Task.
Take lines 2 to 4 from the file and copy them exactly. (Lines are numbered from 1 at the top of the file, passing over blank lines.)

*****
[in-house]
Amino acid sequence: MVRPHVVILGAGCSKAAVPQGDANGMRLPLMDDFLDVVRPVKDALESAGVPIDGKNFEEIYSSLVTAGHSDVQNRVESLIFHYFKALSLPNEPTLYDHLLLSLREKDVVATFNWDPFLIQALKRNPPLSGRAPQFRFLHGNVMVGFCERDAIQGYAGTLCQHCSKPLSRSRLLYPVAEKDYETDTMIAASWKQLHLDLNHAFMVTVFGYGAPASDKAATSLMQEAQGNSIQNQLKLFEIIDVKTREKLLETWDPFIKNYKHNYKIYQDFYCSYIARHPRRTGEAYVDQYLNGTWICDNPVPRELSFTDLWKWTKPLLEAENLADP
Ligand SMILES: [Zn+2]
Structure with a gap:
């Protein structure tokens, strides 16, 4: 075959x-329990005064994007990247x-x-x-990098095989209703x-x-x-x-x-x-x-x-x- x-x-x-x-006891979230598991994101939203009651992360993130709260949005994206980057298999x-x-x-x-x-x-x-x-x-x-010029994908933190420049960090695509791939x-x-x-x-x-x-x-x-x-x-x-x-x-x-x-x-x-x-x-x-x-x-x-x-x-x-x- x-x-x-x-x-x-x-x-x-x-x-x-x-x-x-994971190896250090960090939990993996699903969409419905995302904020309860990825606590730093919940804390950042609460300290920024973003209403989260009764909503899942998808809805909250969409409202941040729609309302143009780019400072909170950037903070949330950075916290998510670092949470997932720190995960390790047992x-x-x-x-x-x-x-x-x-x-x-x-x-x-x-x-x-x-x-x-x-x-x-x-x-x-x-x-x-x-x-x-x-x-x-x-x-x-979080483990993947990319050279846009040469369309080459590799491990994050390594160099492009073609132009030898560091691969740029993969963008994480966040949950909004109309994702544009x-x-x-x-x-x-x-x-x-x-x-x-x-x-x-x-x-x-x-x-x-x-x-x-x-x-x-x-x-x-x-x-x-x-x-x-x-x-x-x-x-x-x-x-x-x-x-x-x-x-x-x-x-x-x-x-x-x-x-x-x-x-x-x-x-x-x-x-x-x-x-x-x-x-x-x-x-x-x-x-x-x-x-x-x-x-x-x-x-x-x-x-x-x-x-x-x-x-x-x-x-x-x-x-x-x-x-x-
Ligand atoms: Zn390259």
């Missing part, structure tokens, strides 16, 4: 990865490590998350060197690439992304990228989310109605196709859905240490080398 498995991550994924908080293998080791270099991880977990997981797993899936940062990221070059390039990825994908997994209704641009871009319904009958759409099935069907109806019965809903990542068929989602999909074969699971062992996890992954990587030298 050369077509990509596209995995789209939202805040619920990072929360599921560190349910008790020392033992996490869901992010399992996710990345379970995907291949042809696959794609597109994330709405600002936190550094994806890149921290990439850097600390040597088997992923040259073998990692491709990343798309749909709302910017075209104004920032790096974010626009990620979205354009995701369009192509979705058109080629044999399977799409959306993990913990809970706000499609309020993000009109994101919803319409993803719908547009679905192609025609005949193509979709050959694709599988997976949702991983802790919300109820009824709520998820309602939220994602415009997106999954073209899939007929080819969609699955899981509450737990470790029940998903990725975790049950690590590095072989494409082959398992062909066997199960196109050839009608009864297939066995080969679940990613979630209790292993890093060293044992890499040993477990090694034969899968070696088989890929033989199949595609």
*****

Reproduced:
Amino acid sequence: MVRPHVVILGAGCSKAAVPQGDANGMRLPLMDDFLDVVRPVKDALESAGVPIDGKNFEEIYSSLVTAGHSDVQNRVESLIFHYFKALSLPNEPTLYDHLLLSLREKDVVATFNWDPFLIQALKRNPPLSGRAPQFRFLHGNVMVGFCERDAIQGYAGTLCQHCSKPLSRSRLLYPVAEKDYETDTMIAASWKQLHLDLNHAFMVTVFGYGAPASDKAATSLMQEAQGNSIQNQLKLFEIIDVKTREKLLETWDPFIKNYKHNYKIYQDFYCSYIARHPRRTGEAYVDQYLNGTWICDNPVPRELSFTDLWKWTKPLLEAENLADP
Ligand SMILES: [Zn+2]
Structure with a gap: